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Intersection of Life and Faith

I Owe You

  • reviewed by LaTonya Taylor Copyright Christianity Today International
  • 2004 9 Sep
  • COMMENTS
I Owe You
Sounds like … R&B gospel in the same vein as Destiny's Child, Ashanti or vintage Brandy. At a glance … this long-awaited album is a worthy listen, showcasing Sheard's versatility and a surprisingly mature vocal abilityTrack ListingYou Don't KnowLet GoChurch NiteCloserPraise OfferingSweetest ThingWarAll I AmDone Did ItSo LongSnap (bonus track)

Whenever second- or third-generation gospel artists enter the family business, at least part of the discussion surrounding their work and sound involves the timeless theoretical question of nature vs. nurture. Is "the gift" something that a person is born with, or can it be cultivated?

For 17-year-old Kierra "KiKi" Sheard, the granddaughter of the late Dr. Mattie Moss Clark and the daughter of Karen Clark Sheard (of Clark Sisters fame), the answer is a little bit of both—because she was born and raised to sing. It's no exaggeration to say the gospel music community has been waiting for Sheard's debut, I Owe You, for years—since her Stellar Award-winning performance as 10-year-old on her mother's album Finally Karen. Later duets on Second Chance and The Heavens Are Telling, plus an appearance on her aunt Dorinda Clark-Cole's self-titled DVD, only heightened the anticipation.

The album opens with "You Don't Know," a stylish marriage between traditional- and contemporary- styled gospel. The chorus lyrics come directly from a familiar old-time testimony song. It's got a stomp-and-clap vibe fresh from the wooden pew. But there's also an unmistakably hip-hop feel to the song comparable to Destiny's Child or vintage Brandy, courtesy of producer Rodney "Darkchild" Jerkins. The song features phrasing and harmonies right out of the Clark Sisters' "You Brought the Sunshine."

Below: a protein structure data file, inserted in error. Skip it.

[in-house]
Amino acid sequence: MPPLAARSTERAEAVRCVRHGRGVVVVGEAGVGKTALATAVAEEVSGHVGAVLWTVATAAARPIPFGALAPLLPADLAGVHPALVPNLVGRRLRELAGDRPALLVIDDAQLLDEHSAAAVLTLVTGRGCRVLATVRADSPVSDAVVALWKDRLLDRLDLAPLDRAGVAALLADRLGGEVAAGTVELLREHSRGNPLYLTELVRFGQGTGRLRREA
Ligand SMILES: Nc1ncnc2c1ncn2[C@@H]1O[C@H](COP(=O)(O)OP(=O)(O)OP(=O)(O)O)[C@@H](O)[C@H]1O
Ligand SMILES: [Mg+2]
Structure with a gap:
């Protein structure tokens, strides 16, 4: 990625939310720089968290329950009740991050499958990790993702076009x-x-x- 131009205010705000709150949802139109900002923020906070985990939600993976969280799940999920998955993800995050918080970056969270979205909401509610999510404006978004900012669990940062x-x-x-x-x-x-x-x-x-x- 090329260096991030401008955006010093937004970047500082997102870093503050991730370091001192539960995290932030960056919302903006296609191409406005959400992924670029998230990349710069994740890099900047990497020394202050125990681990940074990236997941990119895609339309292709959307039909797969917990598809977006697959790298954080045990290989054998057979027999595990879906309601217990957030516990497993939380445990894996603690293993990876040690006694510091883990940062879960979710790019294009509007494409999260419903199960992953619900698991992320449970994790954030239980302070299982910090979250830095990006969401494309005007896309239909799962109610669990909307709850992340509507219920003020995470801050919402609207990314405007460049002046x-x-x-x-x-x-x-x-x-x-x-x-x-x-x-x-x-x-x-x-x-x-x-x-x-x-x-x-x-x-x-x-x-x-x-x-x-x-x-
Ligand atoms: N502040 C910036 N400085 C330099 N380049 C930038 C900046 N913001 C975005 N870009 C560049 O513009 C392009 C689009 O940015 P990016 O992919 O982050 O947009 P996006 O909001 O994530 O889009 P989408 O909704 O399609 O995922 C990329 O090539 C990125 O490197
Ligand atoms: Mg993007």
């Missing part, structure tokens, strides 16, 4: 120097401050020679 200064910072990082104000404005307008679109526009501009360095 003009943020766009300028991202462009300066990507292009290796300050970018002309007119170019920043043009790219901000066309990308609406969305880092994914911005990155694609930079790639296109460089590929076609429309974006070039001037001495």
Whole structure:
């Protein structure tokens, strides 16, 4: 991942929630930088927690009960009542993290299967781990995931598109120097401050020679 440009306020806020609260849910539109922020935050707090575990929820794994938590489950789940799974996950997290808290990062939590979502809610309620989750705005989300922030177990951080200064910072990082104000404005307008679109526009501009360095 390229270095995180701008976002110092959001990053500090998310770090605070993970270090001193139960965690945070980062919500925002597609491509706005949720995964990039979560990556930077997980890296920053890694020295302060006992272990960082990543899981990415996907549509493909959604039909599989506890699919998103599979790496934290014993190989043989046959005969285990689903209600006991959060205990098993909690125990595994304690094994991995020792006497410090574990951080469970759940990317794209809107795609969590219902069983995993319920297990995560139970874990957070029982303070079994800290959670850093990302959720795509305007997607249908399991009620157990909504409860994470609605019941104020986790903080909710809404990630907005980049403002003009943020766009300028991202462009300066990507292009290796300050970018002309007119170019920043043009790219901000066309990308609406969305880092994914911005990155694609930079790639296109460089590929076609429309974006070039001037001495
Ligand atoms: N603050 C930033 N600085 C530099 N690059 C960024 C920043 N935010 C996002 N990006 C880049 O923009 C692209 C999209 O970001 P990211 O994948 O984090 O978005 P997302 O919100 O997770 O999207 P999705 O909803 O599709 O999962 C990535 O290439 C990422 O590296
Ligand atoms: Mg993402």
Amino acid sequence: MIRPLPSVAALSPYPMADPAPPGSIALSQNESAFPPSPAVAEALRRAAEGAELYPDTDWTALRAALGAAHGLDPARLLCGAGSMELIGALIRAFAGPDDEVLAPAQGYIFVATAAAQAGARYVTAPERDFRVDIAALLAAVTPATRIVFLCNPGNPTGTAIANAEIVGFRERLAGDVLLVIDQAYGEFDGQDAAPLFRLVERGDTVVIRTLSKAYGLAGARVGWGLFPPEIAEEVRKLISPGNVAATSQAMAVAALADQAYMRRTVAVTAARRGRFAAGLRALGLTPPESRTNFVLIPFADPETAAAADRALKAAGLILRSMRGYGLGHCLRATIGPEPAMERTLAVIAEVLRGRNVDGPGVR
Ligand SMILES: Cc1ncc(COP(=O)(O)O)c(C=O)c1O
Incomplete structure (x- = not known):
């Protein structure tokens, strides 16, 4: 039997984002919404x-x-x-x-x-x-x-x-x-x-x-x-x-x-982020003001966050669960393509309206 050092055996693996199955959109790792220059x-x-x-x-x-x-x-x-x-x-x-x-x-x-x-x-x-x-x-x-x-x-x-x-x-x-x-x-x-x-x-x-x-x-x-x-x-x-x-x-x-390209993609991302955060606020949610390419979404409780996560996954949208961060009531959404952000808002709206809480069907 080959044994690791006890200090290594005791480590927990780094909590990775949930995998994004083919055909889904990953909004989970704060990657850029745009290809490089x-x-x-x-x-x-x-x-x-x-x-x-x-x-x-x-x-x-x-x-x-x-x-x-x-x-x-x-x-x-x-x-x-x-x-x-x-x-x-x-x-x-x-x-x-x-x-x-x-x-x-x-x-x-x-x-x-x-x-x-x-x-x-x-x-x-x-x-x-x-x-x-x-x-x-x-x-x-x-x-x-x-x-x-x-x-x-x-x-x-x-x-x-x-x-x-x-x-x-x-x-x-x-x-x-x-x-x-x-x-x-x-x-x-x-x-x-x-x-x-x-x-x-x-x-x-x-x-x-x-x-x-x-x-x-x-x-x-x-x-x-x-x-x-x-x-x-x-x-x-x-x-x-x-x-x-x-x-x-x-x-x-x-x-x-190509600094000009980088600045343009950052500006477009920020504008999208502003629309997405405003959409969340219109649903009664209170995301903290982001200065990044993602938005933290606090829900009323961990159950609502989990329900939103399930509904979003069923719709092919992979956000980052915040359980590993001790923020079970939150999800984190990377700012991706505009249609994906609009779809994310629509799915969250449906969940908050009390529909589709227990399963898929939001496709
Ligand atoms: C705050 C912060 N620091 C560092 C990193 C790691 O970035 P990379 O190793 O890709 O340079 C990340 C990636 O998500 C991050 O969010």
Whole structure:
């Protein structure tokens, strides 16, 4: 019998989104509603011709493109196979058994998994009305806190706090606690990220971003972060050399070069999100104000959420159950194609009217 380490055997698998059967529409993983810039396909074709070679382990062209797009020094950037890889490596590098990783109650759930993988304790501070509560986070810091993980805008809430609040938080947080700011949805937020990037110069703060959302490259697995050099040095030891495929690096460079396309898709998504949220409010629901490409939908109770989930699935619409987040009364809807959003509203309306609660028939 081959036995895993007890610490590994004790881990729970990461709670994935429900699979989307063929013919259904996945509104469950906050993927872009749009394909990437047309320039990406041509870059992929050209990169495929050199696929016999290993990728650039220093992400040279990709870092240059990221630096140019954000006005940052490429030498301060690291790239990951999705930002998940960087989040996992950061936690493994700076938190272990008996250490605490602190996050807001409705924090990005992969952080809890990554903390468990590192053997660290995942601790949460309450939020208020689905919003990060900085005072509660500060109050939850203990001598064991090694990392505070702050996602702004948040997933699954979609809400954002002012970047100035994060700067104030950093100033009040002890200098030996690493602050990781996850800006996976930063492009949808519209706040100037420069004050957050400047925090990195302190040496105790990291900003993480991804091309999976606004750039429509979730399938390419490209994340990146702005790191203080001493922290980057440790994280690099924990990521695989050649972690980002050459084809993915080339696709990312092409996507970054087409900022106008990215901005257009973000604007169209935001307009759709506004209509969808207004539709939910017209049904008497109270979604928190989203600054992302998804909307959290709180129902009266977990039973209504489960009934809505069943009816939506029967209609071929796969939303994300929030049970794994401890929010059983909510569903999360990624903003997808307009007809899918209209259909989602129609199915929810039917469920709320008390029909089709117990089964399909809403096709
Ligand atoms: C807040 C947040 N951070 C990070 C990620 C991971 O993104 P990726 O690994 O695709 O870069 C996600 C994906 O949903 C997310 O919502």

Which leads to one of the interesting things about I Owe You. There are several nods to the Clark Sisters throughout—some of Karen's famous riff-and-run sequences, or an ad-lib that subtly mentions one of her songs; twinkie-styled harmonies; a hint of Dorinda's jazzy rasp. But these references are so clever and well-placed, they're like little bonus nuggets for the people who know—while not excluding those who don't. It's Sheard's way of acknowledging her story, while writing her own chapter.

"Let Go" is a brisk guitar-and-horn infused song featuring a hint of Latin percussion, clear, powerful delivery and a soaring, shiver-inducing vamp. "Church Nite" bounces with synth-heavy whimsy while telling the story of growing up in church: "If you wanna go hang you might be delayed/for me to get my praise on/so that I can stay strong, it's all at church tonight/If you're going to the game you might have to wait/for me to get my dance on/Not gon' even take long/I'm going to church tonight."

The PAJAM-produced "Closer" has the feel of a choir-come-R&B song, complete with background party noises. "Praise Offering," a praise-and-worship song, is beautiful for its relative simplicity. Here, Sheard's voice is clear, fresh, youthful and strong, buoyed by the gradually building background vocals and piano. "Sweetest Thing," authored by Kierra and produced by her 14-year-old brother J. Drew II, is a sparkling, girlish groove, with a light, winsome vibe. The lyrics and delivery could at first describe a new boyfriend, but it becomes clear she's referring to a higher love: "Instead of me getting weak/he makes me strong."

The siblings collaborate again on "War," where growling guitar, punchy delivery and heavy layering give the song its aggressive, militaristic sound. "All I Am" is relaxed, jazzy and retro-flavored, and "So Long" has a similar sensibility. The bonus track "Snap" is shrieking, funk-rocker, thanks to the input of Tonex.

Amidst all of the modern R&B, "Done Did It" is three-and-a-half minutes of 100 percent pure churchified, "good God A'Mighty" moments. If there's any doubt about where Sheard's roots are centered, this song should clear it up. She takes on the quartet sound normally heard from a group of four or five men—men four times her age (new labelmates the Mighty Clouds of Joy, for example). It's amazing, taking the listener by total surprise. That's partly because of the novelty (the closest thing in recent history would be RiZen's self-titled debut), but also because it works so well, from start to finish. She's got it down, from heavy, testimonial lead to crisp background delivery to riff and run, including the must-have ad-libs and that back-of-the-throat grrrowl.

If I Owe You is any indication, the answer to the nature/nurture argument regarding Sheard is yes—and yes. She's an undeniably gifted singer, and the tutelage of her mom and aunts has no doubt allowed her to hone her craft. It's a worthy listen.